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Monday, March 17
Updated: March 18, 5:14 PM ET
Davis should be punished for showing up Jazz

By David Aldridge
Special to ESPN.com

If the Cleveland Cavaliers don't have the courage to suspend Ricky Davis, the league should. But the Cavs should do it.

Ricky Davis
Ricky Davis tried to record an Anthony Bowie-like triple-double.
There is excess, there is hubris and then there is what Davis did Sunday against the Jazz. A self-respecting eighth-grader wouldn't have pulled what Davis tried to do -- shooting at the wrong basket in the waning seconds of a blowout win over Utah so that he could get a 10th rebound and an ill-gained first career triple-double. This was wrong on so many levels, it's hard to list them all. But we will try.

First, any statistical achievement is only noteworthy in the context of the game being played. If your last basket gets you 50 points -- and also wins the game -- the 50 is meaningful. And it's OK to score 50 if your team loses, as long as those 50 were scored during an honest attempt to win. That's why Kobe Bryant's streak of scoring 40 points started to smell a little toward the end, when it seemed obvious he was firing up rocks just to keep it going. In Davis's case, there were six seconds left in a game where the Cavs were up by 25. If Davis had shot at Utah's basket on purpose, and missed, it would have merely been bush league. To shoot at his own basket unveils a whole new level of bush previously undiscovered by the world's top archaeologists.

Second, the Cavs have been fighting the perception all year that this season has been nothing but a sham, a transparent attempt to dump games in order to secure LeBron James in the lottery. They insist that that is not the case. It is, to me, therefore terribly inconsistent to do nothing when one of your players commits a sin like this. It is tantamount to saying that the players are in charge and can do anything they want. Which, come to think of it, is exactly what people around the league have been saying about Cleveland for much of the season.

Third, Davis's action was a slap in the face to those who have proceeded him, to the Russells and Chamberlains and Robertsons and Magics and Birds and Jordans. It wasn't me, but Utah's 21-year-old guard, DeShawn Stevenson who quite eloquently pointed this out after the game.

"There's too many people who have done too much for this sport to act like that," said Stevenson, who blasted Davis with a cross-body block after Davis's act. "This is the NBA, and you've got to be professional, and that's not professional. Yes, I think it was disrespect to the game and disrespect to me. You've got little kids looking up to him and to see him do that isn't right."

Out of the mouths of babes ...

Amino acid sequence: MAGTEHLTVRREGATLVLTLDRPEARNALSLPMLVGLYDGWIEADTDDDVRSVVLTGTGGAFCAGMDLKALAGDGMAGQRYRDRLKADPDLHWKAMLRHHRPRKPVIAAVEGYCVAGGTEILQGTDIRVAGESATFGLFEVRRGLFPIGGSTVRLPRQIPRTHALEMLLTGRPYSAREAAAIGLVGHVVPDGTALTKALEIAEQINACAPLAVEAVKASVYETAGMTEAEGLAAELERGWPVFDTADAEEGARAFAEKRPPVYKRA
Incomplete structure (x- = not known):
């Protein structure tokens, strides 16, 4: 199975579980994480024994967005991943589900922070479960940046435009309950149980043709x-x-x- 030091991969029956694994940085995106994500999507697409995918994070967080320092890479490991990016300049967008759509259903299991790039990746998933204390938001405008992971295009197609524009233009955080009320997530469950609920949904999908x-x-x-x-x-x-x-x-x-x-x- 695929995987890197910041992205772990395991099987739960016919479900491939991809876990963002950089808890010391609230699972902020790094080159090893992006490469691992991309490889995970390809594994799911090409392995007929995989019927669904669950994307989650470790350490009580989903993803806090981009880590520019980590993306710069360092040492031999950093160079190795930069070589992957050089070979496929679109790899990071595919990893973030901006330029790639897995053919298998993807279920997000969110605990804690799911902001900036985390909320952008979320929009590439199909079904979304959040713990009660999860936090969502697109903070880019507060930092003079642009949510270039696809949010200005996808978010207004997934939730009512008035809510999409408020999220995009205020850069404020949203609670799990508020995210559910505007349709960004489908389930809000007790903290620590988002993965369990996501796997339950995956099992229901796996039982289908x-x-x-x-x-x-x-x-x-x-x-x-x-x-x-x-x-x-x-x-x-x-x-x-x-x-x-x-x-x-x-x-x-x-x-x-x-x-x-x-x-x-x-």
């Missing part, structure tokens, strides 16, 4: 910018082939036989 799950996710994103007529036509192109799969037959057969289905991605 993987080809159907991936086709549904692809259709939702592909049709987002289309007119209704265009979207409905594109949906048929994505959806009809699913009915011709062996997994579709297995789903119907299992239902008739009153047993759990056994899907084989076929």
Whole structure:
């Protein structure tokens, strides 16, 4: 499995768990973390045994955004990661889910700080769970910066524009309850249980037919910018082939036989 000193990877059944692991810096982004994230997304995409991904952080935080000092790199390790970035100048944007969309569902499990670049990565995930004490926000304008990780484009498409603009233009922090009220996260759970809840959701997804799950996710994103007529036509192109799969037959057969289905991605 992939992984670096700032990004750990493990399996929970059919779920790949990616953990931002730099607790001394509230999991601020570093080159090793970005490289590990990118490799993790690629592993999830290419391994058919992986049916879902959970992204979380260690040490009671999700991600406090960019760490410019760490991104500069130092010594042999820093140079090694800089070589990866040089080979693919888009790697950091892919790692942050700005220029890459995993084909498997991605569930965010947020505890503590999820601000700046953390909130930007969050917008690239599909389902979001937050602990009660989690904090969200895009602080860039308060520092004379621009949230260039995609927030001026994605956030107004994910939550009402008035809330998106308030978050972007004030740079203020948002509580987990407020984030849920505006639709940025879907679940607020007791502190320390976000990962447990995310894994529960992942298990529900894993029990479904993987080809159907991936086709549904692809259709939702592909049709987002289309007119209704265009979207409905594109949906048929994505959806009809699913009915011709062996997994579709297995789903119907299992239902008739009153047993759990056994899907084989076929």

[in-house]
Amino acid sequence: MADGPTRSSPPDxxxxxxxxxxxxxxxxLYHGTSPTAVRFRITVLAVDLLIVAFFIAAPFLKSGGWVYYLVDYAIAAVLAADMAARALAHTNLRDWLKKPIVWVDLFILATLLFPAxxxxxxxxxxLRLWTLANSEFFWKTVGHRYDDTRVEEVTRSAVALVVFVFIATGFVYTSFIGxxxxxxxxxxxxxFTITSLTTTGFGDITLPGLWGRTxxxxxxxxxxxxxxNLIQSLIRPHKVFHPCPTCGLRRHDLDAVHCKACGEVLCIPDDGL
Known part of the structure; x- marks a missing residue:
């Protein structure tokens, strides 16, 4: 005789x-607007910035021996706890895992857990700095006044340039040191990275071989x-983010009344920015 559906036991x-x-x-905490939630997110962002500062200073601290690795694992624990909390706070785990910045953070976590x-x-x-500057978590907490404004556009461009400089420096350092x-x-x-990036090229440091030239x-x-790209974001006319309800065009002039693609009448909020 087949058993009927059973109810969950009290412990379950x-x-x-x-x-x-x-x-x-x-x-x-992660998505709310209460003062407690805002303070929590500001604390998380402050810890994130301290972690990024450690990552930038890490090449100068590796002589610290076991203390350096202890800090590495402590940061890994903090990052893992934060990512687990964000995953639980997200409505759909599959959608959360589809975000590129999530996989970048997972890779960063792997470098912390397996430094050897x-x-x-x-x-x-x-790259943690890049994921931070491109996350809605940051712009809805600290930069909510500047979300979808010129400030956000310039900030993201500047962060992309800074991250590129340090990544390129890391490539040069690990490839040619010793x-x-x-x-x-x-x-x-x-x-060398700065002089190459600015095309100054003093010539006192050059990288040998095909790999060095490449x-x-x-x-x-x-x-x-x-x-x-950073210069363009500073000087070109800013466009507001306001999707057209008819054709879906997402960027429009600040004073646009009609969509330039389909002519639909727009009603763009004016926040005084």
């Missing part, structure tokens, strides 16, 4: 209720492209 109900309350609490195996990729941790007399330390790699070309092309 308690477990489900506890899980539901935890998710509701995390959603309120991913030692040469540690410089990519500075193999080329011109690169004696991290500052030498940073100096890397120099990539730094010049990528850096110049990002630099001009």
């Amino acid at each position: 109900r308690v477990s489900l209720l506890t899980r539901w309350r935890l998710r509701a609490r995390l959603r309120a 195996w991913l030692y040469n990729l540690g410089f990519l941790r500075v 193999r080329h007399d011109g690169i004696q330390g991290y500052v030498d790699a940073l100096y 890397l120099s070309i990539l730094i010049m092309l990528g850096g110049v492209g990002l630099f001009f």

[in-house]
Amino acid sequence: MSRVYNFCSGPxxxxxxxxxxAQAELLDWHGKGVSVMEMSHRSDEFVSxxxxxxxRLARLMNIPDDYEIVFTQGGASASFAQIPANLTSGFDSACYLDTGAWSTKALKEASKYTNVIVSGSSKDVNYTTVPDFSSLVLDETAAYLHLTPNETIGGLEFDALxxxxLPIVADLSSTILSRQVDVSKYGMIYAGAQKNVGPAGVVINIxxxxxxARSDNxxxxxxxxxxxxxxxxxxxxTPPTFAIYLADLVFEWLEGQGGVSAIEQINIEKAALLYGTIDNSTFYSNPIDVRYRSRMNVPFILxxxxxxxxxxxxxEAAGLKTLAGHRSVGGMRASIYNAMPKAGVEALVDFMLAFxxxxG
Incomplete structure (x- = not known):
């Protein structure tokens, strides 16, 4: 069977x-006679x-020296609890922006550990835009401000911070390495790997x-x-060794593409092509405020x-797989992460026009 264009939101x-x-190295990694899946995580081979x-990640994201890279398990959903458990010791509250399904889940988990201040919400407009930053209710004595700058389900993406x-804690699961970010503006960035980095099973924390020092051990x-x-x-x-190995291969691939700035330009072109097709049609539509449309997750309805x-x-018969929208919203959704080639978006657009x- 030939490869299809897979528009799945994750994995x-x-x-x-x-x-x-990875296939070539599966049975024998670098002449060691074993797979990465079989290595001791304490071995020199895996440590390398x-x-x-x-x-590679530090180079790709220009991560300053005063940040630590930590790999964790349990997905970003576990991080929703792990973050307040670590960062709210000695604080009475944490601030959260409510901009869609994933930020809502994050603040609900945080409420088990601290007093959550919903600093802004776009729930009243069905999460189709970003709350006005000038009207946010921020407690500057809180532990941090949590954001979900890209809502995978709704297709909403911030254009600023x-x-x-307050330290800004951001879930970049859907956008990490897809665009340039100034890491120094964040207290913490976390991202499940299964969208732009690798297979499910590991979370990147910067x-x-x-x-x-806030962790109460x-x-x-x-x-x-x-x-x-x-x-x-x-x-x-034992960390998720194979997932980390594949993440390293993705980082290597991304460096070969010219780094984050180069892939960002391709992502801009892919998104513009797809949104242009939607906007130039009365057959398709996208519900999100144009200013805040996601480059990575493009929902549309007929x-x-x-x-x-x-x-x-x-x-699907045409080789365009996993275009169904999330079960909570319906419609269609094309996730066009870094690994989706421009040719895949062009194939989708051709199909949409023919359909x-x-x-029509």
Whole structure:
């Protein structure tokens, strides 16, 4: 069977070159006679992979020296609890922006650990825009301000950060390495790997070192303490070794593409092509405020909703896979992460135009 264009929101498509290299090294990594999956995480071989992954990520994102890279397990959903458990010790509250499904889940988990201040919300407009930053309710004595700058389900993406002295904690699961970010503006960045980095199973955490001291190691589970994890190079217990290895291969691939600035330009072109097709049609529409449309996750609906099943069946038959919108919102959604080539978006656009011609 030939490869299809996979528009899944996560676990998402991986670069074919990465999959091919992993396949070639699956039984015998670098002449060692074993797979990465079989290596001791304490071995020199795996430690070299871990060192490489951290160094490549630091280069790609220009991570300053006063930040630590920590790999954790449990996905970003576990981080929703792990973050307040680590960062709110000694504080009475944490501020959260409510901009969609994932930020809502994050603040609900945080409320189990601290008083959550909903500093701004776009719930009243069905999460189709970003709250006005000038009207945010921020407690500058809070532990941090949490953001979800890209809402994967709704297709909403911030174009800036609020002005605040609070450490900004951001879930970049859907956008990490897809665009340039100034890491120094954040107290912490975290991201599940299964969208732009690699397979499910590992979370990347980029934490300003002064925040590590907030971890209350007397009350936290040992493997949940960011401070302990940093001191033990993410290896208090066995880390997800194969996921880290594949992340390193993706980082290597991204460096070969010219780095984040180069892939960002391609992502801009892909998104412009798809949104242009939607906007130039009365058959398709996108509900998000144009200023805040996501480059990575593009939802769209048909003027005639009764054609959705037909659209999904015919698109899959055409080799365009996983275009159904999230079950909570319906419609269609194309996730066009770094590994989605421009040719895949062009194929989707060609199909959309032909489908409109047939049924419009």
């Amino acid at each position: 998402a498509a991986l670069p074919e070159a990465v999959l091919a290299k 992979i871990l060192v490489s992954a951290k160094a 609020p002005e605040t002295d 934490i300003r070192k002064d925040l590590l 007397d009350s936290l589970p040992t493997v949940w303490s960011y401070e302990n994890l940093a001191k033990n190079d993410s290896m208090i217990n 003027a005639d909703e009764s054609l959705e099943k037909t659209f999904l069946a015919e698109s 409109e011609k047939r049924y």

God, I wish time travel was possible and Davis had tried that when Sloan was playing, or Norm Van Lier, or my ESPN colleague Fred Carter, or John Brisker.

(Of course, Jerry Sloan had his own adult take. "DeShawn fouled him, and I would have fouled him, too," Sloan said afterward. "I would have knocked him on his ass." God, I wish time travel was possible and Davis had tried that when Sloan was playing, or Norm Van Lier, or my ESPN colleague Fred Carter, or John Brisker.)

Fourth, Davis's action showed a lack of knowledge of the rules. Rule 5, Section 1 of the league's official rules states clearly, "It is a violation for a player to attempt a field goal at an opponent's basket. The opposing team will be awarded the ball at the free throw line extended." I'm not saying Davis or any other player should have such minutae committed to memory, but they should have a sense, after tens of thousands of hours of playing ball, of what's right and what's wrong.

By the way, this is the same guy who, just five days ago, fouled Miami's Mike James with four-tenths of a second left, in a 75-all game, with James fading away and shooting a desperation three. James hit two of the three free throws, and the Heat won 77-75.

The league should step in, if only to right a wrong it committed a few years ago in a similar circumstance. In 1996, the Magic were in the process of blowing out Detroit, 113-91, when guard Anthony Bowie was one assist shy of a triple-double. But Orlando called a timeout with 1.4 seconds left so that it could set up one more play. Detroit's coach at the time, Doug Collins, ordered his team not to guard the play at all so that Bowie could get his gift assist and phony triple. When Bowie tapped the ball to a teammate, who then scored, there were three-tenths of a second left. But a disgusted Collins and his team were already walking off the floor, opting not to extend the charade any further.

But it was Collins that got fined $5,000 for "unsportsmanlike conduct."

The league has a second chance to get it right this time. I still hope the Cavs take care of this themselves. It is Davis, not Stevenson, not Sloan, who committed the unsportsmanlike act here. It is Davis who made the hard work of an NBA player into folly. It is Davis who needs to be shown that there are lines that just can't be crossed once you cross the lines and go onto the floor. Not because he's a bad kid, but because he's a young one, and he needs somebody to show him, by barring him from playing what a terrible thing he did.

There are lots of adults in the Cleveland front office. Time for them to stand up and be counted.

David Aldridge, who covers the NBA for ESPN, is a regular contributor to ESPN.com.

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